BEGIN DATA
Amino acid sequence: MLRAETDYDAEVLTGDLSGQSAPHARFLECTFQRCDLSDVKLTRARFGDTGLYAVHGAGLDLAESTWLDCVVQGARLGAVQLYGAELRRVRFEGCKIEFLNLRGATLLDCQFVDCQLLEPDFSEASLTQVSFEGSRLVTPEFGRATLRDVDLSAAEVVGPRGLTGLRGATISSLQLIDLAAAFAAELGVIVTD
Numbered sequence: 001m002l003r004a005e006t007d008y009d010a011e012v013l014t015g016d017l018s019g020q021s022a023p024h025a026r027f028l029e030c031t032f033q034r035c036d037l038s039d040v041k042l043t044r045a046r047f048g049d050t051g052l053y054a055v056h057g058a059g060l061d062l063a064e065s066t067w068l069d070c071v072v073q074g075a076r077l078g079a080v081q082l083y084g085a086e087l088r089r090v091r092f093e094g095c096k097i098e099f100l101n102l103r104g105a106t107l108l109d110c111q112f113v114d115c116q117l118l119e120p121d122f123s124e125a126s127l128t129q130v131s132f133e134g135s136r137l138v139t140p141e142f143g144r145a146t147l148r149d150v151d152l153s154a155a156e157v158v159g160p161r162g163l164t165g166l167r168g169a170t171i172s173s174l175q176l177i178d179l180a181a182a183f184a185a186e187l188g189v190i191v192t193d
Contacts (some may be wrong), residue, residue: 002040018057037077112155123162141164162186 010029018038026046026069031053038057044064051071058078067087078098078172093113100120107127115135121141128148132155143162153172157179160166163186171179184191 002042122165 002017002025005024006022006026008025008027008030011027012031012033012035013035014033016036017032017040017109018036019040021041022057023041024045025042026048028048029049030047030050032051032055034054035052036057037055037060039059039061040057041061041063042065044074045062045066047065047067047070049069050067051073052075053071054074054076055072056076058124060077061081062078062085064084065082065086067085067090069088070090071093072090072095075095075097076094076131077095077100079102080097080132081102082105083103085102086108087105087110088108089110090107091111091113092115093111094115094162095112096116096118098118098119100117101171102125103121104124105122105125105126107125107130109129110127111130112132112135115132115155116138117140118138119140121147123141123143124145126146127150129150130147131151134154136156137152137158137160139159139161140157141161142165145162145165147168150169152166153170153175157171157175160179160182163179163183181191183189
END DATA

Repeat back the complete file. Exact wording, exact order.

Amino acid sequence: MLRAETDYDAEVLTGDLSGQSAPHARFLECTFQRCDLSDVKLTRARFGDTGLYAVHGAGLDLAESTWLDCVVQGARLGAVQLYGAELRRVRFEGCKIEFLNLRGATLLDCQFVDCQLLEPDFSEASLTQVSFEGSRLVTPEFGRATLRDVDLSAAEVVGPRGLTGLRGATISSLQLIDLAAAFAAELGVIVTD
Numbered sequence: 001m002l003r004a005e006t007d008y009d010a011e012v013l014t015g016d017l018s019g020q021s022a023p024h025a026r027f028l029e030c031t032f033q034r035c036d037l038s039d040v041k042l043t044r045a046r047f048g049d050t051g052l053y054a055v056h057g058a059g060l061d062l063a064e065s066t067w068l069d070c071v072v073q074g075a076r077l078g079a080v081q082l083y084g085a086e087l088r089r090v091r092f093e094g095c096k097i098e099f100l101n102l103r104g105a106t107l108l109d110c111q112f113v114d115c116q117l118l119e120p121d122f123s124e125a126s127l128t129q130v131s132f133e134g135s136r137l138v139t140p141e142f143g144r145a146t147l148r149d150v151d152l153s154a155a156e157v158v159g160p161r162g163l164t165g166l167r168g169a170t171i172s173s174l175q176l177i178d179l180a181a182a183f184a185a186e187l188g189v190i191v192t193d
Contacts (some may be wrong), residue, residue: 002040018057037077112155123162141164162186 010029018038026046026069031053038057044064051071058078067087078098078172093113100120107127115135121141128148132155143162153172157179160166163186171179184191 002042122165 002017002025005024006022006026008025008027008030011027012031012033012035013035014033016036017032017040017109018036019040021041022057023041024045025042026048028048029049030047030050032051032055034054035052036057037055037060039059039061040057041061041063042065044074045062045066047065047067047070049069050067051073052075053071054074054076055072056076058124060077061081062078062085064084065082065086067085067090069088070090071093072090072095075095075097076094076131077095077100079102080097080132081102082105083103085102086108087105087110088108089110090107091111091113092115093111094115094162095112096116096118098118098119100117101171102125103121104124105122105125105126107125107130109129110127111130112132112135115132115155116138117140118138119140121147123141123143124145126146127150129150130147131151134154136156137152137158137160139159139161140157141161142165145162145165147168150169152166153170153175157171157175160179160182163179163183181191183189